Foundry Theatre: Major Bang Review <font size=2>by Christiana Axelsen</font> Nov 4, 2006

by Tania Kupczak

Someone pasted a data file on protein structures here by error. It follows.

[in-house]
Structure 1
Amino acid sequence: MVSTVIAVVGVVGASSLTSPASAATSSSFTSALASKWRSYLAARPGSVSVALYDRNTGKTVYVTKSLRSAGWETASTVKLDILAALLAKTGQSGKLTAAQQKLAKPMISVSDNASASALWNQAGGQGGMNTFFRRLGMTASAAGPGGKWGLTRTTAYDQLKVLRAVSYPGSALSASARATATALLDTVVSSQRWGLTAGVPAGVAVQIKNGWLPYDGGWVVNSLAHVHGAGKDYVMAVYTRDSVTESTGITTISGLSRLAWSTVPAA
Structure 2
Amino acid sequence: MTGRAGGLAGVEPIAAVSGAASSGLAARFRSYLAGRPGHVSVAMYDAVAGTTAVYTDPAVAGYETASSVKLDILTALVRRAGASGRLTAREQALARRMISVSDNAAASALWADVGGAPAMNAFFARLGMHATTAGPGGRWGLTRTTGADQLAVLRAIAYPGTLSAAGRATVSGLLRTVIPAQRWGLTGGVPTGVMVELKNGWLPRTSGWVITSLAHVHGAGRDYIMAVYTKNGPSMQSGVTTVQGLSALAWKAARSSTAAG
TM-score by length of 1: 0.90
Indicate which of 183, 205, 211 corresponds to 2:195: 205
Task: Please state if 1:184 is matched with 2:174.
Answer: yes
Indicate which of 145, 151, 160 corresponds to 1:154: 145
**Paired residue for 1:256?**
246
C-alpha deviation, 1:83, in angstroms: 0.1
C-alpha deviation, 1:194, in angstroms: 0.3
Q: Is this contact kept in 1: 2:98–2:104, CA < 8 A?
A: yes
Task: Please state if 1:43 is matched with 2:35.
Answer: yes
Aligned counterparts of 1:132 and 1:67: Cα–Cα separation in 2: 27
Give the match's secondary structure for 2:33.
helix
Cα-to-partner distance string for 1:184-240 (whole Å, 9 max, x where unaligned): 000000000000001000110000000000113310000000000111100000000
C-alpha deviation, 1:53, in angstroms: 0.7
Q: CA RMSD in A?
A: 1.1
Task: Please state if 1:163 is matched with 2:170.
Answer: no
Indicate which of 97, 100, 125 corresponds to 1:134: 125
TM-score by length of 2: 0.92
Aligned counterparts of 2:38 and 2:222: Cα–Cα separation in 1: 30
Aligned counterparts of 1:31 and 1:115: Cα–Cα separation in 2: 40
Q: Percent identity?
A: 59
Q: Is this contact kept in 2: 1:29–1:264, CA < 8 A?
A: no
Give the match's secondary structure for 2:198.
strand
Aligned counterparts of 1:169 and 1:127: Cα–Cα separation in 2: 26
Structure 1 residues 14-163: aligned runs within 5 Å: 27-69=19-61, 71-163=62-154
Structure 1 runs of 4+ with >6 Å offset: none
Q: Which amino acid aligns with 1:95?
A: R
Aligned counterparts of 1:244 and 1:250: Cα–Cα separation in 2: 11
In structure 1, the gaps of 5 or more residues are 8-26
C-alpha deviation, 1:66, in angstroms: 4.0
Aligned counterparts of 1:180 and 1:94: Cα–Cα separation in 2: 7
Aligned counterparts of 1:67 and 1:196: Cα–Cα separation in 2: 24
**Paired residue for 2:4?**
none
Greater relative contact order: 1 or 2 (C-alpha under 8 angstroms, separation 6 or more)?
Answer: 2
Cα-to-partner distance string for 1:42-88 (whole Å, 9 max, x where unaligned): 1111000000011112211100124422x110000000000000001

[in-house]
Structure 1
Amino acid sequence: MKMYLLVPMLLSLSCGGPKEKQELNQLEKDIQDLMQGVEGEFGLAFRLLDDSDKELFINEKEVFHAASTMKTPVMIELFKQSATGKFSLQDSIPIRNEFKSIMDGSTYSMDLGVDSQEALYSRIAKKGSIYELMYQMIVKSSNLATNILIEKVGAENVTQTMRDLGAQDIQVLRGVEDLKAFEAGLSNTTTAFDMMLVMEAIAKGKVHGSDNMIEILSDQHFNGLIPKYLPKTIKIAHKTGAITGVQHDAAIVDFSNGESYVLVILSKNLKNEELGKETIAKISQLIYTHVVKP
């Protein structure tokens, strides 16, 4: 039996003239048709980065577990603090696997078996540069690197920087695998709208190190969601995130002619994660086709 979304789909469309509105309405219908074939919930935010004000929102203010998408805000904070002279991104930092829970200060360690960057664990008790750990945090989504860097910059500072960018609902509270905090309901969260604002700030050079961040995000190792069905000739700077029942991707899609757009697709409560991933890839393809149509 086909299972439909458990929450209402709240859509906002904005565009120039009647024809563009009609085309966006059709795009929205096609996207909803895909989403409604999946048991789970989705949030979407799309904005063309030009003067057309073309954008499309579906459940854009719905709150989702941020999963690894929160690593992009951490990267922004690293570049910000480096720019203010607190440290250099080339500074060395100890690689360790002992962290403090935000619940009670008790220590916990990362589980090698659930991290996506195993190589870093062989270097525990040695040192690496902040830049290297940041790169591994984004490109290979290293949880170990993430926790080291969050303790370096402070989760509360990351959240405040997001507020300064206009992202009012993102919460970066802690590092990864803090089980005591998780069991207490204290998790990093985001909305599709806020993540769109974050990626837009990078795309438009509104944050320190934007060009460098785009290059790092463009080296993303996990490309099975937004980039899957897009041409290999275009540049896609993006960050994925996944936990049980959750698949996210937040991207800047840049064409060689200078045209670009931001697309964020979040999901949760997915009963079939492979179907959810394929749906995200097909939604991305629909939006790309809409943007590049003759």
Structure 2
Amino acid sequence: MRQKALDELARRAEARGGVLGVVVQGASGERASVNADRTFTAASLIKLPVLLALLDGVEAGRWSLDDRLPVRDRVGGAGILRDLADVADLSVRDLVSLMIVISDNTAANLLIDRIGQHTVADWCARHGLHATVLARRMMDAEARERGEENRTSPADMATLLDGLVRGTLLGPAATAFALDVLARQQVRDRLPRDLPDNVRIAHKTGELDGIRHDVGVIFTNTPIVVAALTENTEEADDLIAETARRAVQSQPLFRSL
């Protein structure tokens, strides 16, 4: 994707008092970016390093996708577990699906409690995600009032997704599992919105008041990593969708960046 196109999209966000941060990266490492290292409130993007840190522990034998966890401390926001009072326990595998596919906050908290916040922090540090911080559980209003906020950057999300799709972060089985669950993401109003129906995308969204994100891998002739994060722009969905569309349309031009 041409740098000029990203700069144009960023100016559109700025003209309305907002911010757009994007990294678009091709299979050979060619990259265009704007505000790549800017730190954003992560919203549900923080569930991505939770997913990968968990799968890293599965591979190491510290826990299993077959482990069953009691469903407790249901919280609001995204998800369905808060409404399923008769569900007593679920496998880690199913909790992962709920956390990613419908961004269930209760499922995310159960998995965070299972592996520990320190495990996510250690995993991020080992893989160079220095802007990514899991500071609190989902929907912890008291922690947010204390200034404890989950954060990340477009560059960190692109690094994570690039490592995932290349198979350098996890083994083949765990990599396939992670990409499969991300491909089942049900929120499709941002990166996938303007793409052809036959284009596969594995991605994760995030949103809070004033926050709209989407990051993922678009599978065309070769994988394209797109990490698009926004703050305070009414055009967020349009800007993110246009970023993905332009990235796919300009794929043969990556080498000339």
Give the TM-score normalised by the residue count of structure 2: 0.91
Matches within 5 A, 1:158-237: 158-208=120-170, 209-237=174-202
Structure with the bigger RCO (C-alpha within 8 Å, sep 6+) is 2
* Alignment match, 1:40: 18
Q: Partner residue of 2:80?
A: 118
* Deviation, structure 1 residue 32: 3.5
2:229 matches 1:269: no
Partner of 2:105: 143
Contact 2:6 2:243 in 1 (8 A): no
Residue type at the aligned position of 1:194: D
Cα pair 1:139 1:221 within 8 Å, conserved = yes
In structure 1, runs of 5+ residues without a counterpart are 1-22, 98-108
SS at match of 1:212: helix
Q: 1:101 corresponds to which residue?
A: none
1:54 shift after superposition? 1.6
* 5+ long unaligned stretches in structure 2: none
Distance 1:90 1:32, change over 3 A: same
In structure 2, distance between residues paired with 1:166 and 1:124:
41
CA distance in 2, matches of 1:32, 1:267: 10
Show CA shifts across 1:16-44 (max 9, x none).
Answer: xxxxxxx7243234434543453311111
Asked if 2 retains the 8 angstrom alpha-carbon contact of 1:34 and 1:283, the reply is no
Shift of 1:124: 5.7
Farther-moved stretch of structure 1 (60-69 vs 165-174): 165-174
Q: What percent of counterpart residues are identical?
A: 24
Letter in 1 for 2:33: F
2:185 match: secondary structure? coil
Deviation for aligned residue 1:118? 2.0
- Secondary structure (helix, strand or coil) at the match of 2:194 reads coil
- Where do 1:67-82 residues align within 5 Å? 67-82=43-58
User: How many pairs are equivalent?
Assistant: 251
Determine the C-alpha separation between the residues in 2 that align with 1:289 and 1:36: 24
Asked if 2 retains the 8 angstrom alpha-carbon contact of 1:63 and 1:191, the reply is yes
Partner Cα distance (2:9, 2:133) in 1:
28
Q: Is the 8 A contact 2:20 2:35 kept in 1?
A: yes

The image that is burned into my consciousness after watching Major Bang, is the image of the red backpack seemingly floating in the darkness of the back of the stage. It glowed like a radioactive beacon, towering and occasionally writhing, subtlely dominating the show. This backpack, found abandoned on a subway, produces objects that create the inspiration for the  “play ” (earning its quotation marks for reminding me of the play within Hamlet that nicely encapsulates pure entertaining drama, theatrical self-awareness, and intellectual fodder.) The most alluring parts of this storyline being the multiple characters played by Steve Cuiffo, who uses vaudvillian charm, humor and slight of hand to play the nerdy boy scout son, the sloppy single dad and the facist troop leader. Maggie Hoffman is also stunning, in her platinum wig, reinacting Whitney Houston in The Bodygaurd adding a very vivacious hip swagger and acrobatic tounge articulations. The actors are constantly engaging, and nimble enough not to get in the way of all the objects, images, words, and plots swirling around the stage. The show is particularly refreshing in its use of traditional theater techniques to communicate provocative ideas. Like a good magic trick, it has an almost old fashioned sense of illusion and technique- disappearing the actors on and off the set, using slight of hand to surprise and entertain- which is satisfying in its exquisite execution. It’s also funny and enjoyable. You know theater is a suspension from reality, and the joy is for it to be so well done that you can let yourself be taken in. Not to say this show is fluff, it packs a solid political punch. Adding to the creative arsenal found within the backpack, the show employs the contents of a government recommended survival kit, music made from a greiger counter, and scary insider information about the boy scouts to navigate the darker side of the current political atmosphere. I felt so relieved to see that theater does not have to be completely deconstructed to be powerful and relevant. It can be well-crafted, introspective, political and quite entertaining.